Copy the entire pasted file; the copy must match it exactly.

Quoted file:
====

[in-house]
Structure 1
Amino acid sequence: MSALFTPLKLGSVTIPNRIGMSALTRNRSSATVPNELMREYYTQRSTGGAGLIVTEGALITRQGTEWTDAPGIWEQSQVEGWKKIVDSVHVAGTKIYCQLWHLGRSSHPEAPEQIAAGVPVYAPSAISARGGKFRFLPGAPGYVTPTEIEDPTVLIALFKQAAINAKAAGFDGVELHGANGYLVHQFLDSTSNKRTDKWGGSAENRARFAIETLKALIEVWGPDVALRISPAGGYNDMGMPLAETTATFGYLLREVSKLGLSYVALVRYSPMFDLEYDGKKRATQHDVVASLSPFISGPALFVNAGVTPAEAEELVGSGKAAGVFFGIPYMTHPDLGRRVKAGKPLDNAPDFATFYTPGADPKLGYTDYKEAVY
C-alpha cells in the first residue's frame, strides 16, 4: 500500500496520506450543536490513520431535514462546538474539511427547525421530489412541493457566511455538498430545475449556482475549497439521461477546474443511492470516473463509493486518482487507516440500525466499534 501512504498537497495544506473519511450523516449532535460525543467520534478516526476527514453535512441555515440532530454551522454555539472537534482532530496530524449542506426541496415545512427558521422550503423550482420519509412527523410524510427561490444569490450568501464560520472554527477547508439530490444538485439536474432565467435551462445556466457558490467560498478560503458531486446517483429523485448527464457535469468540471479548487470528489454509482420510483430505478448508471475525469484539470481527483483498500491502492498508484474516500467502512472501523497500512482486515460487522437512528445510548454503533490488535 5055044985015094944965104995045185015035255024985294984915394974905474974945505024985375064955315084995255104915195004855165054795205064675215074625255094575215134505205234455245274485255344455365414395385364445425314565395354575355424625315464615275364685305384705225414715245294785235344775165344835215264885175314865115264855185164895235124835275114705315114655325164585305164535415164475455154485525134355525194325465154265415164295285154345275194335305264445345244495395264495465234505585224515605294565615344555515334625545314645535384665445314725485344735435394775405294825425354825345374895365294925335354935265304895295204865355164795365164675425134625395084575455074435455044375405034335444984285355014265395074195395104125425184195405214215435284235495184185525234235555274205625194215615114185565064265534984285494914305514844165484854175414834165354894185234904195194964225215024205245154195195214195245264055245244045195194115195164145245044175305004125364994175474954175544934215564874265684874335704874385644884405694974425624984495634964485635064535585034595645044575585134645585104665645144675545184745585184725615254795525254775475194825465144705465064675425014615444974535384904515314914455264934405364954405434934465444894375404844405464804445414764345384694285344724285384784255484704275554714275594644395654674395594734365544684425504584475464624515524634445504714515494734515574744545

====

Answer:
[in-house]
Structure 1
Amino acid sequence: MSALFTPLKLGSVTIPNRIGMSALTRNRSSATVPNELMREYYTQRSTGGAGLIVTEGALITRQGTEWTDAPGIWEQSQVEGWKKIVDSVHVAGTKIYCQLWHLGRSSHPEAPEQIAAGVPVYAPSAISARGGKFRFLPGAPGYVTPTEIEDPTVLIALFKQAAINAKAAGFDGVELHGANGYLVHQFLDSTSNKRTDKWGGSAENRARFAIETLKALIEVWGPDVALRISPAGGYNDMGMPLAETTATFGYLLREVSKLGLSYVALVRYSPMFDLEYDGKKRATQHDVVASLSPFISGPALFVNAGVTPAEAEELVGSGKAAGVFFGIPYMTHPDLGRRVKAGKPLDNAPDFATFYTPGADPKLGYTDYKEAVY
C-alpha cells in the first residue's frame, strides 16, 4: 500500500496520506450543536490513520431535514462546538474539511427547525421530489412541493457566511455538498430545475449556482475549497439521461477546474443511492470516473463509493486518482487507516440500525466499534 501512504498537497495544506473519511450523516449532535460525543467520534478516526476527514453535512441555515440532530454551522454555539472537534482532530496530524449542506426541496415545512427558521422550503423550482420519509412527523410524510427561490444569490450568501464560520472554527477547508439530490444538485439536474432565467435551462445556466457558490467560498478560503458531486446517483429523485448527464457535469468540471479548487470528489454509482420510483430505478448508471475525469484539470481527483483498500491502492498508484474516500467502512472501523497500512482486515460487522437512528445510548454503533490488535 5055044985015094944965104995045185015035255024985294984915394974905474974945505024985375064955315084995255104915195004855165054795205064675215074625255094575215134505205234455245274485255344455365414395385364445425314565395354575355424625315464615275364685305384705225414715245294785235344775165344835215264885175314865115264855185164895235124835275114705315114655325164585305164535415164475455154485525134355525194325465154265415164295285154345275194335305264445345244495395264495465234505585224515605294565615344555515334625545314645535384665445314725485344735435394775405294825425354825345374895365294925335354935265304895295204865355164795365164675425134625395084575455074435455044375405034335444984285355014265395074195395104125425184195405214215435284235495184185525234235555274205625194215615114185565064265534984285494914305514844165484854175414834165354894185234904195194964225215024205245154195195214195245264055245244045195194115195164145245044175305004125364994175474954175544934215564874265684874335704874385644884405694974425624984495634964485635064535585034595645044575585134645585104665645144675545184745585184725615254795525254775475194825465144705465064675425014615444974535384904515314914455264934405364954405434934465444894375404844405464804445414764345384694285344724285384784255484704275554714275594644395654674395594734365544684425504584475464624515524634445504714515494734515574744545